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The Future of Wealth: Part two - The future of investing: bridging the gender gap

Ainsley McLaren
Ainsley McLaren | Posted on Nov 2, 2023

The future of wealth is shaped by a new generation of investors - bringing new thinking, expectations, and standards. Across this four-part series, Harbour delves into the evolving landscape and strategies for generating customer value, poised to be the primary catalyst for both present and future transformations in the sector.

In part two, Executive Director, Ainsley McLaren, discusses the opportunities that lie in understanding the investment needs and behaviours of women throughout their financial journey.

Women are increasingly taking charge of their financial futures, redefining societal norms, and embracing opportunities in fields traditionally dominated by men. In fact, as recently as the 1980s, women struggled to take out a loan or have a credit card in their own name without a male family member agreeing to co-sign.

One arena where women are carving out a space for themselves is investing, as they assert their presence and prowess as astute investors.

This is despite being up against more challenges than their male counterparts: women earn less on average and take more time out of the workforce for family reasons, they are living longer than men with less retirement savings, they are more risk averse (which means they can end up with lower returns), and, overall, women have lower financial wellbeing and confidence compared to men.

As an industry, the opportunity lies in addressing these challenges and developing a better understanding of the investment needs and behaviours of women throughout their financial journey. By providing tailored advice and access to financial products and services geared towards a more equitable and inclusive playing field, we can further bridge the gender gap in financial wellbeing.

Retirement readiness

While conventional gender roles are evolving, with increasing diversity in family and household dynamics, enduring traditions have led to many women falling behind men in terms of retirement savings and readiness.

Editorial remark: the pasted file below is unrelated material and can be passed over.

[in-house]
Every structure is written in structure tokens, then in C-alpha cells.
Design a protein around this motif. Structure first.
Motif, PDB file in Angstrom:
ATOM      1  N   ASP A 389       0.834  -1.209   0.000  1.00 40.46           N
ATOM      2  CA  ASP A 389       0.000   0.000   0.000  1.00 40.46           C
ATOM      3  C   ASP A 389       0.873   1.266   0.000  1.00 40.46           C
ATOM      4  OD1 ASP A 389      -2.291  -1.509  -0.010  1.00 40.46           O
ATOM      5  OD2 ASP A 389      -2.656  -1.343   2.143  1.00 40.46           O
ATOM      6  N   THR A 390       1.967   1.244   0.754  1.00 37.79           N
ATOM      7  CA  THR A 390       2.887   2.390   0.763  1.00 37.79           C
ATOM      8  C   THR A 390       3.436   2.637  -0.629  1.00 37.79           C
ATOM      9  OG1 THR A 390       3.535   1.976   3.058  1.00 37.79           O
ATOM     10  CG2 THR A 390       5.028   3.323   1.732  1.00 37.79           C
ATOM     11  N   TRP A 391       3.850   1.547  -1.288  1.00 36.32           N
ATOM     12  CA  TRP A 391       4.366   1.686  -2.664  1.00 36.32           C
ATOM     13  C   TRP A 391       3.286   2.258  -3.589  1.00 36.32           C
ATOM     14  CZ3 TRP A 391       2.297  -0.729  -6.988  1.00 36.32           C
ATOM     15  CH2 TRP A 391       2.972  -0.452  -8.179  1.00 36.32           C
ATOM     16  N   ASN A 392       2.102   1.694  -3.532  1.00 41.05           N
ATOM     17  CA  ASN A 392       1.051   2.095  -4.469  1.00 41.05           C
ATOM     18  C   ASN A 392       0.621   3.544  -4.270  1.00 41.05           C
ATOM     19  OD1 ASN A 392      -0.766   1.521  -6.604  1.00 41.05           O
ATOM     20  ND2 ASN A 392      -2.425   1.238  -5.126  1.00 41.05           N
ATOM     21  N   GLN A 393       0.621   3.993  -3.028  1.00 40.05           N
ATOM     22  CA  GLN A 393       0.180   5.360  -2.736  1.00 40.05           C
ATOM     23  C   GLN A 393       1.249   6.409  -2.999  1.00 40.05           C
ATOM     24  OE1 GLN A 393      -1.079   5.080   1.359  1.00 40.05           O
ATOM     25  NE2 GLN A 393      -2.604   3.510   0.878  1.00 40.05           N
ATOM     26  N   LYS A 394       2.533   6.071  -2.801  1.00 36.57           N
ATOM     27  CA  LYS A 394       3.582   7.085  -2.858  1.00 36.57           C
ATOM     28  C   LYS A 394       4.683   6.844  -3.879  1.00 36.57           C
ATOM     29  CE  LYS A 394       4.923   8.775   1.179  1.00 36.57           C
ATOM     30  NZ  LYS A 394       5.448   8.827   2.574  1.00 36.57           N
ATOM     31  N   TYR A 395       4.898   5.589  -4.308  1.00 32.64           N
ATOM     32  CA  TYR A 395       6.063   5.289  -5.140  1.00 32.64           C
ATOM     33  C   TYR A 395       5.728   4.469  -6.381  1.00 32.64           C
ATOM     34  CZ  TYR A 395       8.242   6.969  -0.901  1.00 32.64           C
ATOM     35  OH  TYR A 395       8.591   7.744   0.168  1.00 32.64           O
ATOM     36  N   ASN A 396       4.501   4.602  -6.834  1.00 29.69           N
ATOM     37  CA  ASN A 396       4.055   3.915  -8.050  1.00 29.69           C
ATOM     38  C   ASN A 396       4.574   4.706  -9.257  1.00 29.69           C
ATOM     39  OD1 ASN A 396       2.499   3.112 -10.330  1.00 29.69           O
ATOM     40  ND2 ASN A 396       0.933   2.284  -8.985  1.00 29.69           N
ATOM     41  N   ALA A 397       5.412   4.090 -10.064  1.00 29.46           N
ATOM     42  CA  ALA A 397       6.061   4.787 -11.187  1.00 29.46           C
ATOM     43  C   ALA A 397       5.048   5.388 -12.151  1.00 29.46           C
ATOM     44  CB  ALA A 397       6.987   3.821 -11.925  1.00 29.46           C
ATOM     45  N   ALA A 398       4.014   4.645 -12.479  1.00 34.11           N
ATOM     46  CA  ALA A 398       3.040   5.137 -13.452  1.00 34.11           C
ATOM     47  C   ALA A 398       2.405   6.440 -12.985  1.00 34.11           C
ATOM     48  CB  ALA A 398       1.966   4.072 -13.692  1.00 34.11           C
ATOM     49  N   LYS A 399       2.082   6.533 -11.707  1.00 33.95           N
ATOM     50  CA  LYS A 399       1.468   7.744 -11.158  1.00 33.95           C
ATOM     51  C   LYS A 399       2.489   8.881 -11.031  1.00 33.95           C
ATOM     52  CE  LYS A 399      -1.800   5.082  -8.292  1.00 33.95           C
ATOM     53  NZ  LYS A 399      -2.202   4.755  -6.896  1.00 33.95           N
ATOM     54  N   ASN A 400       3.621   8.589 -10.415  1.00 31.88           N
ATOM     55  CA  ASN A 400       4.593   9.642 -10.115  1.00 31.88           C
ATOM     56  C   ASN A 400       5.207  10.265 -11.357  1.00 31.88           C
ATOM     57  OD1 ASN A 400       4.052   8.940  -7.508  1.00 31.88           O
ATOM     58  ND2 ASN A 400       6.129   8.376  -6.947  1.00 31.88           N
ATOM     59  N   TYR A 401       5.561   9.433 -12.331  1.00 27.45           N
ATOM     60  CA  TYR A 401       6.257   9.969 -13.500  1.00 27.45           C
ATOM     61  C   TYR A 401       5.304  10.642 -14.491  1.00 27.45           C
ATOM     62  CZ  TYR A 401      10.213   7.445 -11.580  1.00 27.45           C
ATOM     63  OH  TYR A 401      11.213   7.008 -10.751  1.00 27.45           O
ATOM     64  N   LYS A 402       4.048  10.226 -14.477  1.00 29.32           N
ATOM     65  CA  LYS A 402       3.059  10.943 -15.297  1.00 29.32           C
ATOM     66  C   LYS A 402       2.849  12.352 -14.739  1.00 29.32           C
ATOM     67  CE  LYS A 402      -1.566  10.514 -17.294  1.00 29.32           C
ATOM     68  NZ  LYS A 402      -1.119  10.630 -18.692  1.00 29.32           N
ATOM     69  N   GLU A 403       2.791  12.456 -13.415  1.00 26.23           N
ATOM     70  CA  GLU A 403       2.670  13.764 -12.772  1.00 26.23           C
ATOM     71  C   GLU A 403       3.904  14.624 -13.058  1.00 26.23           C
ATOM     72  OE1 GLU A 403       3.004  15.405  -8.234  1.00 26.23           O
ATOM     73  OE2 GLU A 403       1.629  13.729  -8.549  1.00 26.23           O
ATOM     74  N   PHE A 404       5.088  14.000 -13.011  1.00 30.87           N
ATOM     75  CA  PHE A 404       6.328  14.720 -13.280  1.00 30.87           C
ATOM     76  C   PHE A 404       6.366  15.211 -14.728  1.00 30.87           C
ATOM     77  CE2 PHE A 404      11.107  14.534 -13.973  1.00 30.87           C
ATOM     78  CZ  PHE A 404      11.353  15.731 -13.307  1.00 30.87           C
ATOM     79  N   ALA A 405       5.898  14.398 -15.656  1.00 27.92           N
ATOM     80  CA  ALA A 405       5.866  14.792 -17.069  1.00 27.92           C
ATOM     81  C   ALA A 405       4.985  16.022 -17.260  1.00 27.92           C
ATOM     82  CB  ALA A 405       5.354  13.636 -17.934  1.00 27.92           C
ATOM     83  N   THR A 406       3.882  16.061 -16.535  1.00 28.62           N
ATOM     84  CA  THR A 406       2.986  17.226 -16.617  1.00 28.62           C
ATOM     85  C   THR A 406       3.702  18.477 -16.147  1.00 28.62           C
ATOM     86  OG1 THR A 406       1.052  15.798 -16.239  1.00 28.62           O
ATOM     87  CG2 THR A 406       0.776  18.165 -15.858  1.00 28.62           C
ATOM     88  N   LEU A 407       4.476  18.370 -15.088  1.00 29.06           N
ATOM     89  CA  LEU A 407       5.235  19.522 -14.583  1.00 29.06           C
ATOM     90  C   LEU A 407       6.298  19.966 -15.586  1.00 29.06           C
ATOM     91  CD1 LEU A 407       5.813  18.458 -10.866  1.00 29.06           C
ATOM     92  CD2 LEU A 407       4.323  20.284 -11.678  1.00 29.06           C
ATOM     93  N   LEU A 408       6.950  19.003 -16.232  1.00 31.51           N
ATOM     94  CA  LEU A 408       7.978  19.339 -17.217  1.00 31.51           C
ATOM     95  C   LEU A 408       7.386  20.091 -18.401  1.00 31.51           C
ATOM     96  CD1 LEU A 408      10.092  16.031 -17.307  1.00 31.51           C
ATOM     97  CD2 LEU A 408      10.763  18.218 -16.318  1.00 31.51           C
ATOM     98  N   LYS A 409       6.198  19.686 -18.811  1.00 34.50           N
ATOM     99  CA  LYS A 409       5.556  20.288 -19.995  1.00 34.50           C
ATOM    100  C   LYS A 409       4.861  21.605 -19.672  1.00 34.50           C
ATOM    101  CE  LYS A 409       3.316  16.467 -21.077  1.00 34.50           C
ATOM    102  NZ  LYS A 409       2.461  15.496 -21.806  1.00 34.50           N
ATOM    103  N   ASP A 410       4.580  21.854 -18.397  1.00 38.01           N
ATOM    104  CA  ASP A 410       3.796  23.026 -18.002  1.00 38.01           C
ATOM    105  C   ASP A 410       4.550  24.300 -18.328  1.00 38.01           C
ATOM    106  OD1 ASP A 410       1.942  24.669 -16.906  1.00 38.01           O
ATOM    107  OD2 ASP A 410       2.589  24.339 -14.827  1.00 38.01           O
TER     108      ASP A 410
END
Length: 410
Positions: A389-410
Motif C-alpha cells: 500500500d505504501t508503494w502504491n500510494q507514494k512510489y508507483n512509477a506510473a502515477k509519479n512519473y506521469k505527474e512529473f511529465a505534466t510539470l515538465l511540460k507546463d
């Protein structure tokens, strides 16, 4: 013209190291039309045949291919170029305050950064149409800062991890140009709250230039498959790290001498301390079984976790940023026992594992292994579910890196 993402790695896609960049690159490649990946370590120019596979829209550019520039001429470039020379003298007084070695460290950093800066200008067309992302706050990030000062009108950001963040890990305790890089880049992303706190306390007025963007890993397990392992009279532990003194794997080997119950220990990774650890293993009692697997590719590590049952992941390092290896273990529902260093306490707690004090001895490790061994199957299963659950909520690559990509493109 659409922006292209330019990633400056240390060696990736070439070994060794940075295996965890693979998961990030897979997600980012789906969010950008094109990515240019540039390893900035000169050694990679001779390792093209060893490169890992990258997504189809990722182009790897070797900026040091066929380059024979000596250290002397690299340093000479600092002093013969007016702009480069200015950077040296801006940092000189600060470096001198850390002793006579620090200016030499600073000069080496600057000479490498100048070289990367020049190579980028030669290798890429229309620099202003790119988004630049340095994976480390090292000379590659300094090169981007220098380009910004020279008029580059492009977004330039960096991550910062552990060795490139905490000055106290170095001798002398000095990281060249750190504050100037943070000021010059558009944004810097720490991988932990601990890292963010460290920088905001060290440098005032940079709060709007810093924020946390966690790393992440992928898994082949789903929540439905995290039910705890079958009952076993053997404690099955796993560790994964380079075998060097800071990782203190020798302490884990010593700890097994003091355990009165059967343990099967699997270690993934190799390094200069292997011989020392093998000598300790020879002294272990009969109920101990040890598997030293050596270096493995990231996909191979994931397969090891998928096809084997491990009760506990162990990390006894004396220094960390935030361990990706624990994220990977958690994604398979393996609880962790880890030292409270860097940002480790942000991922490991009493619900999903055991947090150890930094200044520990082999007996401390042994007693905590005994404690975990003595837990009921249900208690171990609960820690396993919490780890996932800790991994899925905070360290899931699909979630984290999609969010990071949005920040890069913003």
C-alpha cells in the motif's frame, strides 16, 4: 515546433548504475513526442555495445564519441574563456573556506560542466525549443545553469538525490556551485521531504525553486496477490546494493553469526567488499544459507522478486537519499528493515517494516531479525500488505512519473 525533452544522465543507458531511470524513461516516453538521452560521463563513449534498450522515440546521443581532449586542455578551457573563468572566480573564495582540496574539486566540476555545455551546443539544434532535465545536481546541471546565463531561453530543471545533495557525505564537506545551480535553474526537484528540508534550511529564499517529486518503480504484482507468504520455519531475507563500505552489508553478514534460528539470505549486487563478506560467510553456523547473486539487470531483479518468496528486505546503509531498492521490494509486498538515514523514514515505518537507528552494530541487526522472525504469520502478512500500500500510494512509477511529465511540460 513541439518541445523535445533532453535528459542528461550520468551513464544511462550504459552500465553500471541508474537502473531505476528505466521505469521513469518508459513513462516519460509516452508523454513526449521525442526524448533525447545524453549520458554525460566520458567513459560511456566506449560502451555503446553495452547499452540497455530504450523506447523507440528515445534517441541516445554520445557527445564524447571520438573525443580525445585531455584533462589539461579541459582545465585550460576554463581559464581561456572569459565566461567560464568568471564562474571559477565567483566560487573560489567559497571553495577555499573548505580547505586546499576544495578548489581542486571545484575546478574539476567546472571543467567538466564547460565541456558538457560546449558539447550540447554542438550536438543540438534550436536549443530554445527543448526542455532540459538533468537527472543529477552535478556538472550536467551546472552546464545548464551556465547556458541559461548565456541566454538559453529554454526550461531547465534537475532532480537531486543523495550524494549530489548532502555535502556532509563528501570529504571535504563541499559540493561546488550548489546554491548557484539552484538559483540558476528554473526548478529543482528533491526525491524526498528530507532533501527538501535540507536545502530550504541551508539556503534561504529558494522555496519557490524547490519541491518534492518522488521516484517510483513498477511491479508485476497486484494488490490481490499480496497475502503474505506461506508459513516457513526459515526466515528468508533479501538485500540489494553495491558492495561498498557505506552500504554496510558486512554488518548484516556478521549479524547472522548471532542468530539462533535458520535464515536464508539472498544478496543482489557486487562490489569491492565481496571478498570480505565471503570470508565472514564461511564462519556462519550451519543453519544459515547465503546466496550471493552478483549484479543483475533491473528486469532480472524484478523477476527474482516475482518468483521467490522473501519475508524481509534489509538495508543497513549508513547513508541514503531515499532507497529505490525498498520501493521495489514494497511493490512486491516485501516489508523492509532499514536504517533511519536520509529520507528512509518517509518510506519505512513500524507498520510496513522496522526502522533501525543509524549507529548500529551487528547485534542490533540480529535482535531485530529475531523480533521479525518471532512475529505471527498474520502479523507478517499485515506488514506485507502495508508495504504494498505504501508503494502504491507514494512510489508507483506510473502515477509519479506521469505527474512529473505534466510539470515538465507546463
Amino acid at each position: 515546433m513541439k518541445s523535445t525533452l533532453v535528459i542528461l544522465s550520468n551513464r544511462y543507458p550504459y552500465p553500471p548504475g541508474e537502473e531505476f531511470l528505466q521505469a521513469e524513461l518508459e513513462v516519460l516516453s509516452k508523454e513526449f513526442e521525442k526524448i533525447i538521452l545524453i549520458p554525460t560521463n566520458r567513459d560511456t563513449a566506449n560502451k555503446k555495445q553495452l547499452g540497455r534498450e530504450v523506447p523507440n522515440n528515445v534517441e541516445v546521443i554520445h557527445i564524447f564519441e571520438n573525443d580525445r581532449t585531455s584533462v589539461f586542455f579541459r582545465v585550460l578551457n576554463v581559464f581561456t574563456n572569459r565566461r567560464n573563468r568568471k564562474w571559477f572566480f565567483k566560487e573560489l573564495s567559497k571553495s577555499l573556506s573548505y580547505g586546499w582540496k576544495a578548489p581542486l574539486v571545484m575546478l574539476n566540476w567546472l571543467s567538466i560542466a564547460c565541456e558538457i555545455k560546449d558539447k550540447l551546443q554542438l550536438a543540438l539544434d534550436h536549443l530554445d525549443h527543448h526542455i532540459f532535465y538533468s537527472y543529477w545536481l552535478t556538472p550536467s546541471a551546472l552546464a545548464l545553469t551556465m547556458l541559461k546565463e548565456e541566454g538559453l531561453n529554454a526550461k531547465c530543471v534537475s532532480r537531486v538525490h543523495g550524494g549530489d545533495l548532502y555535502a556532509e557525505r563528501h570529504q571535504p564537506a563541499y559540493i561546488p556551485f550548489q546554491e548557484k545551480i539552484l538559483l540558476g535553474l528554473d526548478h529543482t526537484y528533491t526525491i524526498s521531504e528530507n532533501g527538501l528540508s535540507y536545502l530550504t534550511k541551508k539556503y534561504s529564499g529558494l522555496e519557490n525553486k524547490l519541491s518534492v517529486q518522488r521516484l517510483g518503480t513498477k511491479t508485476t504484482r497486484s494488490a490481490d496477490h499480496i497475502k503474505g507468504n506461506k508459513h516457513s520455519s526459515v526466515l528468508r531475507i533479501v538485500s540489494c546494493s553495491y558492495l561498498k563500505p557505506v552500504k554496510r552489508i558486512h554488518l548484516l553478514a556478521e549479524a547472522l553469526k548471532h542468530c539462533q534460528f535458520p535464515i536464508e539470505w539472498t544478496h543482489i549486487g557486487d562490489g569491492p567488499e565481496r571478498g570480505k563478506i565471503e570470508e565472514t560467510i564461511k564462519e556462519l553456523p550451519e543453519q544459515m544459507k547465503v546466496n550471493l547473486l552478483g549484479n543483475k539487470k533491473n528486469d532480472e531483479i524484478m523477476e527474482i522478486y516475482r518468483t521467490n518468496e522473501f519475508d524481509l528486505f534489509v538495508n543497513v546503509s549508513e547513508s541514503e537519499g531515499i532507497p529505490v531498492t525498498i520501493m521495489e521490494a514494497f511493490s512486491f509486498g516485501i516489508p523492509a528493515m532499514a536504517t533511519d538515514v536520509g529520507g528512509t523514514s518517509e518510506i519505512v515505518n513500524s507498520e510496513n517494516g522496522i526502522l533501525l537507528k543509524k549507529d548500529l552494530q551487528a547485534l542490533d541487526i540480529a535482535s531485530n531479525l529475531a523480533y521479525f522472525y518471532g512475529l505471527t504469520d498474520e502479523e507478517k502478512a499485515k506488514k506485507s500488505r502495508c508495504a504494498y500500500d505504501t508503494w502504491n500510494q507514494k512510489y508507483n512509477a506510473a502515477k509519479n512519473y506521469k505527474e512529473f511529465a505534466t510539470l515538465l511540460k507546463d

According to research conducted by ASB Bank, despite a pay gap of 9%, women are actually 2% financially better off day-to-day than men. Saving more, and spending less, women tend to be more resourceful with the money they have, but they are collectively missing out on around $750 million in retirement.[1] This isn’t just because they are taking more time out of paid work and/or contributing less to KiwiSaver, but because they aren’t capitalising on their savings for the long term.

Women’s investing perspectives pay off

When women do invest, they see results. With a generally lower risk tolerance than men, women often choose to adopt a more conservative investment strategy[2] (whereas men tend to engage in more frequent and speculative trading). Preferring to stay on course, with a long-term perspective, many women tend to focus on stability and sustainable growth rather than short-term gains. This perspective aligns well with proven investment strategies that emphasise patience, diversification, and risk management. Women's cautious and analytical approach can lead to more consistent and stable returns over time. In fact, an analysis in the US of more than 5 million investors over 10 years finds that, on average, women outperformed men by 40 basis points per annum (or 0.4%).[3]

While this is encouraging, most women don’t see themselves as investors, with 60% saying they have either limited or no investing knowledge and experience (compared to 40% of men)[4] and they often lack the confidence to select investments that align with their goals or plan for their financial needs in retirement.

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Source: FSC – Money & You, Women and Financial Wellbeing in New Zealand

Redefining traditional norms

Confidence in financial decision-making can be hindered by societal norms. Historically, the investment landscape was dominated by men, meaning generations of women were only exposed to financial skills through household budgeting, and were not taught how to control finances, engage with banks or investment providers, or undertake family financial decisions themselves.